Corrupt system files and how to fix them in Windows

Sometimes your computer shuts off without warning, probably due to a power outage or a faulty power supply. You’ve managed to fix the issue or wait until the power returns and boot it up again. Maybe it happens numerous times without warning of course. Your computer freezes, forcing you to hit the power up to turn it off and back on again. Over time, these actions lead to the corrupt system files in your Windows computer, primarily located under “C:\Windows”.

Side effects of corrupt system files

At times, you will find signs of your system files becoming corrupted. Software may not load correctly, resulting in a crash of your operating system. Your computer might start running slow, or at times slows down to a crawl and then return back to normal. Windows Update might fail to run or complete, therefore leaving your system vulnerable to any crucial updates.

In some cases, depending on the severity of the issues caused by having corrupt system files, you may end up having the do a complete reinstall through a rescue disk or USB flash drive containing the OS installer. Though there is a way to repair these files before even considering the former.

System File Checker

Windows contains a utility called System File Checker(SFC). This program will scan all system files for any errors and attempt to correct them. Before we get into that, lets take a look at another program that can do this with a much improved success rate: Deployment Image Servicing and Management(DISM). DISM allows for a system administrator to manage and fix Windows installations before deployment to other systems. For this we are going to right-click the Start Menu->Search and type “cmd” into the search bar. Right click on “Command Prompt” and click on “Run as administrator”.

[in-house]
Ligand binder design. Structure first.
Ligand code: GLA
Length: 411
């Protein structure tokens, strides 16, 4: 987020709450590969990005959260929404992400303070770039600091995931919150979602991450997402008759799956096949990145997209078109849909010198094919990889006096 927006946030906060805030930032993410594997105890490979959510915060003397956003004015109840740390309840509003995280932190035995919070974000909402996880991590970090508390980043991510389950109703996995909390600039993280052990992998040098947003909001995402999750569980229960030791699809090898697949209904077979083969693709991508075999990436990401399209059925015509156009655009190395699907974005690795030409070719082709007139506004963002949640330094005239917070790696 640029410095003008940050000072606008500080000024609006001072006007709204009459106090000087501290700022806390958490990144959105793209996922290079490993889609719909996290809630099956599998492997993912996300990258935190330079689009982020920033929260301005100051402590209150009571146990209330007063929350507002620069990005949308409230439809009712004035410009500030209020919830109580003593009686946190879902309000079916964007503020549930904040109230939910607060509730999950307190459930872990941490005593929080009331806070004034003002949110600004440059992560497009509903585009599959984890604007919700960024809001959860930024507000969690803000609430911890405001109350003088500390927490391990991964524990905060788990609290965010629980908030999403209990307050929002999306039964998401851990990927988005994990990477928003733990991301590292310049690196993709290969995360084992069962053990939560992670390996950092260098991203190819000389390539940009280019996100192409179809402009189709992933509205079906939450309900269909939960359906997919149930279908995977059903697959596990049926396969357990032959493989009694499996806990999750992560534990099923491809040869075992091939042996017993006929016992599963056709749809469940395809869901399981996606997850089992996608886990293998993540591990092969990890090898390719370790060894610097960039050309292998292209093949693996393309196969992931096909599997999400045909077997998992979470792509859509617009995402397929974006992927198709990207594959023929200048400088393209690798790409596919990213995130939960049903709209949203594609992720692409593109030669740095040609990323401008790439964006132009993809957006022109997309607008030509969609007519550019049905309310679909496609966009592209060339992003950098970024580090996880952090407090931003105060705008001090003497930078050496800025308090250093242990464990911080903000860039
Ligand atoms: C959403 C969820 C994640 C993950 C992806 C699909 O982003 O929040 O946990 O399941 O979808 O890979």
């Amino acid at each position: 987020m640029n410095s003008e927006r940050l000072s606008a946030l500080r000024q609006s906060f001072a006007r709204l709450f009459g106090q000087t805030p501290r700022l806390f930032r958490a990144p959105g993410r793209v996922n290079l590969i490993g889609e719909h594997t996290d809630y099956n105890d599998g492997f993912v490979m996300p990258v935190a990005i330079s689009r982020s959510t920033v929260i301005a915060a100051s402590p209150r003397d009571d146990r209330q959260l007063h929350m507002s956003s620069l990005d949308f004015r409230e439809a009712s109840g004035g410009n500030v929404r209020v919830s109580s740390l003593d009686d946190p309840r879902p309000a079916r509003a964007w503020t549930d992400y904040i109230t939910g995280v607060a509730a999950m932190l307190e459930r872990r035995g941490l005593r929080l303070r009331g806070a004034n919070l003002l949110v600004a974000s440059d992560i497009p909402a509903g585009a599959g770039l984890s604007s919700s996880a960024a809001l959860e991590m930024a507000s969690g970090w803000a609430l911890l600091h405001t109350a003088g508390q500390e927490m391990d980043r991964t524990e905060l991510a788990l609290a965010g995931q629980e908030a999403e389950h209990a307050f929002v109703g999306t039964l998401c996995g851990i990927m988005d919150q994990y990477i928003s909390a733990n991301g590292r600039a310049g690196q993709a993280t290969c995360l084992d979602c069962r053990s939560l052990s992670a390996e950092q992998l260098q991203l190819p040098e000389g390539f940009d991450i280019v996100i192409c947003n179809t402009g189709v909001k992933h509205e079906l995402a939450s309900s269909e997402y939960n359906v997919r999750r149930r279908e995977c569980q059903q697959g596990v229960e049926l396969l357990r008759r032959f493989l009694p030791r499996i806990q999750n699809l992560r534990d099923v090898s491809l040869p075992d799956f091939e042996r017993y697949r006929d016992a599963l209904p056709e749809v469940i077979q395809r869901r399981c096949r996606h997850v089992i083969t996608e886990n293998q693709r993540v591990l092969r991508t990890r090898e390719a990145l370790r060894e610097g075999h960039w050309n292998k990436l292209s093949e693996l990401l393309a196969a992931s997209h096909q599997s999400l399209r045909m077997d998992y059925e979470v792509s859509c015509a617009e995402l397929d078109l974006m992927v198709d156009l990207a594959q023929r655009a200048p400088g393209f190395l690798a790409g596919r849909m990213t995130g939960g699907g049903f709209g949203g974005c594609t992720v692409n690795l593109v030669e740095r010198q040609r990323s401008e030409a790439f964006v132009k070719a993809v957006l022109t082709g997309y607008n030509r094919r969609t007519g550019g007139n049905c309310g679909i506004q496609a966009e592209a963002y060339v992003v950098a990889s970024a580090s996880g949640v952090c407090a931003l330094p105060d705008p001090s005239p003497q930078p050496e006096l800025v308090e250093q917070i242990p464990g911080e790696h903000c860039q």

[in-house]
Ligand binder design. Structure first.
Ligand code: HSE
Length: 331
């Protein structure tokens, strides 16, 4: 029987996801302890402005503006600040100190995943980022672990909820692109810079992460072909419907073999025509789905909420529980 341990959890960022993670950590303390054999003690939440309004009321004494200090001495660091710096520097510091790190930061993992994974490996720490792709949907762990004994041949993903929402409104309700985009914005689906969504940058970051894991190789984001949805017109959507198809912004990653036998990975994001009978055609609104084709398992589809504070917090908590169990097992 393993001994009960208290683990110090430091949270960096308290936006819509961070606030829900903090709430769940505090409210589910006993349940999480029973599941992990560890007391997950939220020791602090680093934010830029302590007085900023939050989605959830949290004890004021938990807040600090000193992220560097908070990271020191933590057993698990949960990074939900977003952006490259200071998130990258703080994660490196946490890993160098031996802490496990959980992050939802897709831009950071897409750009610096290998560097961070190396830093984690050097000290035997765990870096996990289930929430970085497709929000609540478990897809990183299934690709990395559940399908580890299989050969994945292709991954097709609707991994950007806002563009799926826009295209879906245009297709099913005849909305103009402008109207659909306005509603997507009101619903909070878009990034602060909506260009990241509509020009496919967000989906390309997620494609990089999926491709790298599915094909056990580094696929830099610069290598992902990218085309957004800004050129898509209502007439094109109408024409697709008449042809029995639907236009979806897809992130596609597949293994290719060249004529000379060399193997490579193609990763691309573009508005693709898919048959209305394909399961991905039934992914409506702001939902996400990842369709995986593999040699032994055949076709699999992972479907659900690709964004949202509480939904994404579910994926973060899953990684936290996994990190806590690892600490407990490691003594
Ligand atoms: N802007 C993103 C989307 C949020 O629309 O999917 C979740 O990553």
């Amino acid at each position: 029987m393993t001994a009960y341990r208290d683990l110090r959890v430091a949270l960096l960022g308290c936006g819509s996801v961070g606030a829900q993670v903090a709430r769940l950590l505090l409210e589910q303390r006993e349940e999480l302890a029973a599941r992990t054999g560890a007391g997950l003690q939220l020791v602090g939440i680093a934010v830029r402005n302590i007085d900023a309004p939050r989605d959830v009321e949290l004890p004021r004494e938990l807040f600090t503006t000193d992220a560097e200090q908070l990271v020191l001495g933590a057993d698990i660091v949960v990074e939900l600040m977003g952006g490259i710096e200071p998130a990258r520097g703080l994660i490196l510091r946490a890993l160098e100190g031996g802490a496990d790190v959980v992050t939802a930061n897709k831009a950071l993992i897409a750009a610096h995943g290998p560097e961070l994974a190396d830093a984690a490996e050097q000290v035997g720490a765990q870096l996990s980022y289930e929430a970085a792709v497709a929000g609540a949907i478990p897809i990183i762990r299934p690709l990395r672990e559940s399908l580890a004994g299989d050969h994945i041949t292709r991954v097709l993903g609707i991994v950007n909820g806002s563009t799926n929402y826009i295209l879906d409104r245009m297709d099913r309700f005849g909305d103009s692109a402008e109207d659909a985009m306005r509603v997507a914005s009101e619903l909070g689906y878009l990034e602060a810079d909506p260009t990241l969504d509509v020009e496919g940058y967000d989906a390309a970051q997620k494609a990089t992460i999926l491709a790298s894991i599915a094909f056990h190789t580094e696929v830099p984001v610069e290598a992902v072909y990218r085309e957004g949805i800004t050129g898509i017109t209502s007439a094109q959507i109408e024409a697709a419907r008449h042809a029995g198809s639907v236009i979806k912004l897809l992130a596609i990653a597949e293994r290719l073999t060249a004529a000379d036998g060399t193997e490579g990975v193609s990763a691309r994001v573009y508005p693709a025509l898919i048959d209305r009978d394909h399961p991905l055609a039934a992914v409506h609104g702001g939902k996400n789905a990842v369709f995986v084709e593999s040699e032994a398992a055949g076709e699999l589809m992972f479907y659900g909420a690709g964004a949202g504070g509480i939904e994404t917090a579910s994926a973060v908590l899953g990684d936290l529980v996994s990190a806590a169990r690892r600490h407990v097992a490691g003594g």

Once at the Command Prompt, type in the following:

DISM.exe /Online /Cleanup-image /Restorehealth

DISM will now start the process of downloading the necessary replacement system files from Windows Update server. Depending on the speed of your internet connection, this may take awhile. If DISM fails to retrieve the necessary files, check Windows Update to make sure it’s working. Upon completion, you should receive a message saying that the operation has been completed.

To make sure our system files have been repaired, run SFC by typing:

sfc /scannow

SFC will now begin running a system scan by verification. Upon success, you should receive the following message:

“Windows Resource Protection did not find any integrity violations.”

If you got a different error, and the DISM program didn’t work as well then your only option is to run a complete reinstall of Windows. Stayed tuned for the follow-up guide.